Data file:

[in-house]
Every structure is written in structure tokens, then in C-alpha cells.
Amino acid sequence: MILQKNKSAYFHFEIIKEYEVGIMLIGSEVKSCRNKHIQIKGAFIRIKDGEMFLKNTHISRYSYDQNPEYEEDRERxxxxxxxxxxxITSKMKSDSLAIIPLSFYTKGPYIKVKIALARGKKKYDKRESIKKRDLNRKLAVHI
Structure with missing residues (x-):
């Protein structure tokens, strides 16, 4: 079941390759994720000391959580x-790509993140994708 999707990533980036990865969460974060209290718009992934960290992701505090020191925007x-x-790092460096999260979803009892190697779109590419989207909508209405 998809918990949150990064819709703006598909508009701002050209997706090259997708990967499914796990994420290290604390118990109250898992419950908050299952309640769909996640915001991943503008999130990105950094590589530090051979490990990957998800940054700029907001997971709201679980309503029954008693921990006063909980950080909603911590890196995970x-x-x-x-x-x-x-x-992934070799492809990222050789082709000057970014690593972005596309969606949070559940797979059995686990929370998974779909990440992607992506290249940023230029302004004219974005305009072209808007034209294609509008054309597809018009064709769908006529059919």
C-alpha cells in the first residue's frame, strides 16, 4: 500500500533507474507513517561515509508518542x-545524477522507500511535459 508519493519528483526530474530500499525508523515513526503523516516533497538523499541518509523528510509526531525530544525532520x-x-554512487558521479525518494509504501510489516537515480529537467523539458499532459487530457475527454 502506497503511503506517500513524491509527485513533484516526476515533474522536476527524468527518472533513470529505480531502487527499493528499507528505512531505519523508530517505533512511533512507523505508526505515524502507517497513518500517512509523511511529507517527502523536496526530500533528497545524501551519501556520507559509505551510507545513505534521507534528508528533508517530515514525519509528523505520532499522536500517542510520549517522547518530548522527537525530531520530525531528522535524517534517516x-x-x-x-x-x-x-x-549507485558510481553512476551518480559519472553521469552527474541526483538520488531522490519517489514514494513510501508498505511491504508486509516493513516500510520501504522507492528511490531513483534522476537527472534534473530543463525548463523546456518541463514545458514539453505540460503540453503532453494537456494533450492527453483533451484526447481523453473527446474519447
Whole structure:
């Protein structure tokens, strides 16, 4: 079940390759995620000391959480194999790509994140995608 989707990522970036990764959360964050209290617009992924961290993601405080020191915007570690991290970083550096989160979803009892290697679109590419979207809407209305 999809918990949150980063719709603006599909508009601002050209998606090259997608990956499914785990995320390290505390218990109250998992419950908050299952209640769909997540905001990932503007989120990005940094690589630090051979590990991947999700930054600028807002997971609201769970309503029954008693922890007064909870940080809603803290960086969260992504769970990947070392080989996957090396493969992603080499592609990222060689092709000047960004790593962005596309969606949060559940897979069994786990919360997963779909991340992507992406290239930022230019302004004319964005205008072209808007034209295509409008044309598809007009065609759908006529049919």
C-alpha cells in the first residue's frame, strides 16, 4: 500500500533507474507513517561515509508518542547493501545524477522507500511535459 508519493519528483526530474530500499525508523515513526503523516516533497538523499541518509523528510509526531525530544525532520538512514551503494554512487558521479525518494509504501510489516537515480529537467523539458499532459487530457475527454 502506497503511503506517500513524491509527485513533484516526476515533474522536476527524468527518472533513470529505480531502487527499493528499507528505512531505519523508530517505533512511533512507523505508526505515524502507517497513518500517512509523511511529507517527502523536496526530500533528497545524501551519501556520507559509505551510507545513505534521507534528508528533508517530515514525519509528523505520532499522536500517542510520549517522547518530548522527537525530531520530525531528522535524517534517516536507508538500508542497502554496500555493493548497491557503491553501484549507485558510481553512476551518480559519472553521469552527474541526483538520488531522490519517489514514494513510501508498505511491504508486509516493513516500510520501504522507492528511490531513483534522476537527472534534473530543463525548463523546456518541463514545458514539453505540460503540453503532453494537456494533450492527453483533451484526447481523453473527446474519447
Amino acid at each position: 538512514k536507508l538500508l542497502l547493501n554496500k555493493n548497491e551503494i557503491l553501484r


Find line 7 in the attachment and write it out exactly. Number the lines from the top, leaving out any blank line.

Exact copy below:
Whole structure: